Recently Naomi Klein has brilliantly outlined why Capitalism is a barrier to sustainability. Mark Everard's book contains some useful information on air as an important ecosystem and a better approach to questions of environmentalism. But his solutions are ones that cannot succeed in the face of a economic system that starts from the accumulation of wealth for the sake of accumulation.

Related Reviews

Klein - This Changes Everything: Capitalism versus the Climate
Böhm and Dabhi (eds) - Upsetting the Offset, The Political Economy of Carbon Markets
Carbon Trade Watch - The Carbon Neutral Myth, Offset Indulgences for your Climate Sins

Burkett - Marxism and Ecological Economics: Toward a Red and Green Political Economy

Sunday, April 26, 2015

Eamon Duffy - The Voices of Morebath: Reformation & Rebellion in an English Village

Eamon Duffy's classic book The Voices of Morebath is an extraordinary and unique study of Tudor society undergoing dramatic transformation. For 54 years Christopher Trychay was the priest of the tiny village of Morebath. For all that time he kept detailed records. Most of these deal with the financial dealings of the parish - the income and expenditure of the church, the costs of candles and repairs, the donations from parishioners and the cash given in their wills to help ease their way to heaven. But though most parish records like these are dry, Morebath's priest kept his records in detail - far more than simple columns of numbers. His notes were spoken from the pulpit and his records enable the historian to construct the detail of life in a village going through some of the most traumatic changes of its era.

Duffy's book is excellently written, but his historic analysis is also superb. He has an eye for detail and an ability to see through numbers to tell a wider story. Here is, for instance, his summary of how the church "ales", the periodic sale of drink to raise funds, were part of wider village life.
After the church, the most important building in the parish was the church house, also called the church ale-house. Located on the SE side of the churchyard, in the cluster of ten or eleven dwellings that made up the village centre or ‘Morebath town’ it was the parish’s place of public entertainment, a two storey building furnished with a fireplace and spit, with cups and platters and trenchers of treen [turned wood] and tin and pewter: its trestle tables and tablecloths were sometime loaned to parishioners for events like weddings. Visiting merchants could hire a ‘sete’ or stall there to sell their wares, like William the merchant who had a ‘standing’ in the house in 1535, or the Tiverton ciderman John Walshman, who sold cider there for four weeks in 1538. The ‘pleers’ [players] who paid 12d to the wardens to perform in Morebath at Easter 1533 may well have been hiring the church house. Above all, the fund-raising banquets known as church ales, organised by the churchwardens and by the Young Men of the parish (the ‘grooming ale’), and which between them provided the bulk of the parish’s income were held here. Beer brewed or bought by the wardens and food cooked in the church house itself were sold and served at these ales: in 1527 the menu at the high wardens’ ale included a roast lamb from the church flock, which had accidentally bled to death after being castrated. By Elizabeth’s reign and perhaps before, minstrels and a local man, John Timewell the harper were being paid to entertain the drinkers. Parishioners were expected to attend and spend their money, and official representatives came and supported from surrounding parishes, a favour which had to be returned when the parishes concerned held their own ales.
If Dufy's book only concentrated on village life it would be interesting in an of itself. But at the core of his work is an examination of the impact of the religious changes that began under the regein of Henry VIII, continued under his son Edward, and were reversed by Queen Mary and then further continued and extended under Elizabeth.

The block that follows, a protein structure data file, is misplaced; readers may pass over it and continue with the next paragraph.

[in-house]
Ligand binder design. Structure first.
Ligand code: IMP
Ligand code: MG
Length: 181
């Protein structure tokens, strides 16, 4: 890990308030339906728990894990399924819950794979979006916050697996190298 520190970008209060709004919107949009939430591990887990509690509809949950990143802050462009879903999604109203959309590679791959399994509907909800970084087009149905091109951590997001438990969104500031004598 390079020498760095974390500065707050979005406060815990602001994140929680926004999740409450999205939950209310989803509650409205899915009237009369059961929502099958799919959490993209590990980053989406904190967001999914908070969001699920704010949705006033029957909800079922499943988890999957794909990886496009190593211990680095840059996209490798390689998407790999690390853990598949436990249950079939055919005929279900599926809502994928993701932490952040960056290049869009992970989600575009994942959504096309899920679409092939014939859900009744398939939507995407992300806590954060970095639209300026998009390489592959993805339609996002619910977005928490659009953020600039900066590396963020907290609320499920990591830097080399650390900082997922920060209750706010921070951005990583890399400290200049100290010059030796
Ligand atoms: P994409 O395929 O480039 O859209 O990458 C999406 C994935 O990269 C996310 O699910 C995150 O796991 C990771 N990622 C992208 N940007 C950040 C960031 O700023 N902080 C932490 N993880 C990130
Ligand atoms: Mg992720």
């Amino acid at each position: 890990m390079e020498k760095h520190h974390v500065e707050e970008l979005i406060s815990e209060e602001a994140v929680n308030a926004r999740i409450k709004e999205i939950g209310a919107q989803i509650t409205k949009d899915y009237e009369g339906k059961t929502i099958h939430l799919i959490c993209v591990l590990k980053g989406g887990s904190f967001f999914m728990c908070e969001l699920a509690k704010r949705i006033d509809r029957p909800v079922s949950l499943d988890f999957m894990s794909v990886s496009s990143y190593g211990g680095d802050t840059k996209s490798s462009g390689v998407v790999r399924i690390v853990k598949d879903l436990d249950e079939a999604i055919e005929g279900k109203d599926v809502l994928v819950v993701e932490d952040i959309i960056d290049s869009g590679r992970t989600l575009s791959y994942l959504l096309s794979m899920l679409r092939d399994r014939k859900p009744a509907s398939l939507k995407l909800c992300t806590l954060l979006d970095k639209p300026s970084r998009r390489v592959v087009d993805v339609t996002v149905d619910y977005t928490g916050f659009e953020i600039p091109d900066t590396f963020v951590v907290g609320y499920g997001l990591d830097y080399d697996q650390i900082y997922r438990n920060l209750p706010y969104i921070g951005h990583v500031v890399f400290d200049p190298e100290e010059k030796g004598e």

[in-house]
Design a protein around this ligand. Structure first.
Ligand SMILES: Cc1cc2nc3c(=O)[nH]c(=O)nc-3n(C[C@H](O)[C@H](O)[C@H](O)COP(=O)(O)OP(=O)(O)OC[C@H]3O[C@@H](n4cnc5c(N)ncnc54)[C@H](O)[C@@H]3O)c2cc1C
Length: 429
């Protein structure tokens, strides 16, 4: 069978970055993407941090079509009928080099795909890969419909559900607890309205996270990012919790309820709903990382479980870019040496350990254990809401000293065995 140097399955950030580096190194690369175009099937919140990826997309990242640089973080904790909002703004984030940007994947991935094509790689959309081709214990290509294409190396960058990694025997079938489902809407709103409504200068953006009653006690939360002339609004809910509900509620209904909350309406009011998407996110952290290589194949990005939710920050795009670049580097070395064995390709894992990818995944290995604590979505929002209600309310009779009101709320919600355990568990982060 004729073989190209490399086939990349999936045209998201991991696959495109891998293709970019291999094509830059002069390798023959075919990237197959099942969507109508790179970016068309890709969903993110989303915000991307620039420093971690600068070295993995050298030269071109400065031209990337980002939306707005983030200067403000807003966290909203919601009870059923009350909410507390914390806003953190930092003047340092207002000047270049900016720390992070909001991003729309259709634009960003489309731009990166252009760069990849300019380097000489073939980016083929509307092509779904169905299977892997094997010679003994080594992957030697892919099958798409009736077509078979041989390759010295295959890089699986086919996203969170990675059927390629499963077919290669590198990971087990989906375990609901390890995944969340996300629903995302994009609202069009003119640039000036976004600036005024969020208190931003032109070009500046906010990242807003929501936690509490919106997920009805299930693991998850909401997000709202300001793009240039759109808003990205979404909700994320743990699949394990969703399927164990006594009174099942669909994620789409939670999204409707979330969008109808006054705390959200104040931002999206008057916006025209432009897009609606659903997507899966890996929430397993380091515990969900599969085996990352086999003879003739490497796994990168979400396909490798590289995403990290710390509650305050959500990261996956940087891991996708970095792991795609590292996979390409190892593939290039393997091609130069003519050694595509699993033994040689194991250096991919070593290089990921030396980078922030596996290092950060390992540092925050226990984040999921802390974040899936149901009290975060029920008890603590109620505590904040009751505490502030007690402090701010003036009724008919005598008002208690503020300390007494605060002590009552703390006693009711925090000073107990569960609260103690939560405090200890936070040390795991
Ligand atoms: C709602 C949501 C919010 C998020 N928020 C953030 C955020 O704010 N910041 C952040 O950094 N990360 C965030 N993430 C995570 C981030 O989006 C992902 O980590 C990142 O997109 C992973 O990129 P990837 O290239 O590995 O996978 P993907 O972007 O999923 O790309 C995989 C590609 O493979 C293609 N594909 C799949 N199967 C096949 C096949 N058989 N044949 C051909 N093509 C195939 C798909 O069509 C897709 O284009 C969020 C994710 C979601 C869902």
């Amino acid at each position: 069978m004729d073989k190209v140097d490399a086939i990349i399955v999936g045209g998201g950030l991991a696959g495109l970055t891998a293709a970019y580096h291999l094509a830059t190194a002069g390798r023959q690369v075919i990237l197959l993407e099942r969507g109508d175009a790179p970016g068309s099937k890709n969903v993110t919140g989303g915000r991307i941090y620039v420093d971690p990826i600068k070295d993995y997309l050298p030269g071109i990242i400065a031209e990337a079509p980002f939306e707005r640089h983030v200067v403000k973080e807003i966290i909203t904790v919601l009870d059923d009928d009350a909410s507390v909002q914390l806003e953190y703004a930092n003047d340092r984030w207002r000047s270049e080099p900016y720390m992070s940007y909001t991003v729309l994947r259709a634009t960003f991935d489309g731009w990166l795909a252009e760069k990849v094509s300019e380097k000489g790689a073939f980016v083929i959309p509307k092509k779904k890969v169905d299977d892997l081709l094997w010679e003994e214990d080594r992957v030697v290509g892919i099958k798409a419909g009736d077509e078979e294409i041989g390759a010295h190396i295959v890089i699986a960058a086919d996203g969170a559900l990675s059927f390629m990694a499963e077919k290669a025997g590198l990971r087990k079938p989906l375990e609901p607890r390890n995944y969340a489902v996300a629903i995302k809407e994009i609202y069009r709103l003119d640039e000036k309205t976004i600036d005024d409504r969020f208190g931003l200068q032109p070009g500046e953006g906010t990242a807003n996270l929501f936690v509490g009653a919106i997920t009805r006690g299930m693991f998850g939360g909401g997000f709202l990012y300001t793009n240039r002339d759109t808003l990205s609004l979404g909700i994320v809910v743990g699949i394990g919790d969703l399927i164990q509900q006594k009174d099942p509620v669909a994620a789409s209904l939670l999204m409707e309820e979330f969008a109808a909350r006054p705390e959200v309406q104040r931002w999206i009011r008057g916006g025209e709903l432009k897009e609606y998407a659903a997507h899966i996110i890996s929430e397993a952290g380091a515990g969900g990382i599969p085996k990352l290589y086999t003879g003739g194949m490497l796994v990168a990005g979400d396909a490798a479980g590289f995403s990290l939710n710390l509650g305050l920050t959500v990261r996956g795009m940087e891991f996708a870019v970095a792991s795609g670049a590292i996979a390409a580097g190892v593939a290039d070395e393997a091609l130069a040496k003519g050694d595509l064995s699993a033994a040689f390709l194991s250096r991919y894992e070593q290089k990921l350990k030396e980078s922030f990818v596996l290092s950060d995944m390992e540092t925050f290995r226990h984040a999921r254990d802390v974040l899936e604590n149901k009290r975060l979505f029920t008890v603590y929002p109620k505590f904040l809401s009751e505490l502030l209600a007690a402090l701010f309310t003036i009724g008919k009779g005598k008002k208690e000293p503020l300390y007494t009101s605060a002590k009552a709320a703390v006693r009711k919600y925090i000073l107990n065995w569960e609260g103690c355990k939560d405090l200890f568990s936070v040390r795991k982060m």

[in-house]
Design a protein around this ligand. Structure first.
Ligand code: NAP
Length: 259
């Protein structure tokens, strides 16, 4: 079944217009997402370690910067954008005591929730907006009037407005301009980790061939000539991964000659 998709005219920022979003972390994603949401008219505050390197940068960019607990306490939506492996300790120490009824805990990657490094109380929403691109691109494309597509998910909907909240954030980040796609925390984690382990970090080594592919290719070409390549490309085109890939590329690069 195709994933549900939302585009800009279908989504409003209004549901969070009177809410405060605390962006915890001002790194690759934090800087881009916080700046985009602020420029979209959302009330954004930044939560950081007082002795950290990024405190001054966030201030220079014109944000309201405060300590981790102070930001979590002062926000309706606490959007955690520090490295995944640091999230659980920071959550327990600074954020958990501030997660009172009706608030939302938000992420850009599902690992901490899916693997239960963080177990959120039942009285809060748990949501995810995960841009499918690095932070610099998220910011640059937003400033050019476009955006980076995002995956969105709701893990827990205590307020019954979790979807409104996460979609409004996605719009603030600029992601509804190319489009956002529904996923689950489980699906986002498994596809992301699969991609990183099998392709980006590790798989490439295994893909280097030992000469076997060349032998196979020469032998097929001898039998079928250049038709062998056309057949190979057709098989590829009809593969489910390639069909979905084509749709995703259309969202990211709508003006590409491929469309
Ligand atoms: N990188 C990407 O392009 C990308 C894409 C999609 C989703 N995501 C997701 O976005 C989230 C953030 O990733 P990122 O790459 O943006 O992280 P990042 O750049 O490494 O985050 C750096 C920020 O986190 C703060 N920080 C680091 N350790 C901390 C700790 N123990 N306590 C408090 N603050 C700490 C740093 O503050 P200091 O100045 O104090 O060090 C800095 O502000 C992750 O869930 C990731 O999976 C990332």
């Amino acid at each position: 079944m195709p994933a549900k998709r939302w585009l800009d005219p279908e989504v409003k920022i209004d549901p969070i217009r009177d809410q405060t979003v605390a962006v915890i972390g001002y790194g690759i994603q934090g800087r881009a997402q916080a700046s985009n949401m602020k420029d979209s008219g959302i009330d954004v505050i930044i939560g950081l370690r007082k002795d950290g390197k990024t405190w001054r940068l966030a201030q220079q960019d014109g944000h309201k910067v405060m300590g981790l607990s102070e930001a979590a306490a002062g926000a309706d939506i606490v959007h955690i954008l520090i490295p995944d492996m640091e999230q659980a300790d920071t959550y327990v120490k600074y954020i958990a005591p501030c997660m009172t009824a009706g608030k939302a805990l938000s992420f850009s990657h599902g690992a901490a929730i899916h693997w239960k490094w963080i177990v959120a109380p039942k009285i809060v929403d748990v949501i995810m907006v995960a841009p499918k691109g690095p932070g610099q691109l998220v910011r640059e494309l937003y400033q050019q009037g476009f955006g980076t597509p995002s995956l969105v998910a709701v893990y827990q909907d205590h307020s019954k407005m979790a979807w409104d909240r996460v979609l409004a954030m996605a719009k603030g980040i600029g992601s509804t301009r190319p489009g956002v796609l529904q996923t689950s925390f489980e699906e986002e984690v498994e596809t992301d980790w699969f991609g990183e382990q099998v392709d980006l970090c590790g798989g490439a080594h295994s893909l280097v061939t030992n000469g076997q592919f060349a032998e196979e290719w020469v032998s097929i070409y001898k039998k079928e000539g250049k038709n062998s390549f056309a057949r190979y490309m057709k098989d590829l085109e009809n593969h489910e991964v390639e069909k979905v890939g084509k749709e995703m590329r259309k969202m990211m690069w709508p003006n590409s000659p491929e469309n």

Henry's break from Rome had an enormous impact on the whole of English life. Even a village like Morebath, with barely 150 inhabitants had to adapt and change. New bibles and prayerbooks were introduced, icons and statues had to be removed. Funds could no longer be raised to pay for candles under the parish's statue of St Sidwell. Through all of this Trychay's metivulous records note the impacts of the changes and in particular the funding shortfalls as the parish can no longer sell ale, or raise funds in ways that it used to.

The changes provoked anger, frustration and out-cry. In 1549, Duffy shows how Morebath sent five of its young men to join the big Western Uprising that rebelled against the new prayerbooks. Giving money from church funds, the parish's sons left to join the rebel camp near Exeter. Several of them died in the massacre of the rebels. While Trychay may come across as a pompous self-important man at times, he clearly loved his flock and cared deeply for them. As Duffy notes,
He had been the spirit of Morebath, the chronicler of its dramatic and sometimes tragic share in the religious revolutions of that turbulent age, and the custodian of its blunt attitudes and salt speech. He had baptised their children, buried their dead, married every one of them. He had been the guide of their pieties, he had almost certainly encouraged their sons into rebellion, and, when the time came, he had eased them into a slow and settled conformity to a new order of things.
Duffy's book is an excellent study of an English village in a period of transition. It is happy conincidence for us, that Morebath was so close to the historic events of 1549 and that they were detailed by such an obsessive figure as Christopher Trychay. Duffy notes that a "study of the Reformation in an Essex or Suffolk village... where many ordinary men and women welcomed the Protestant gospel... would look very different." Nonetheless, this is an important insight into the impact of that change and the way that ordinary people in one part of England responded. That Duffy puts it all so well into context means that this book is a triumph for both the casual and academic historian.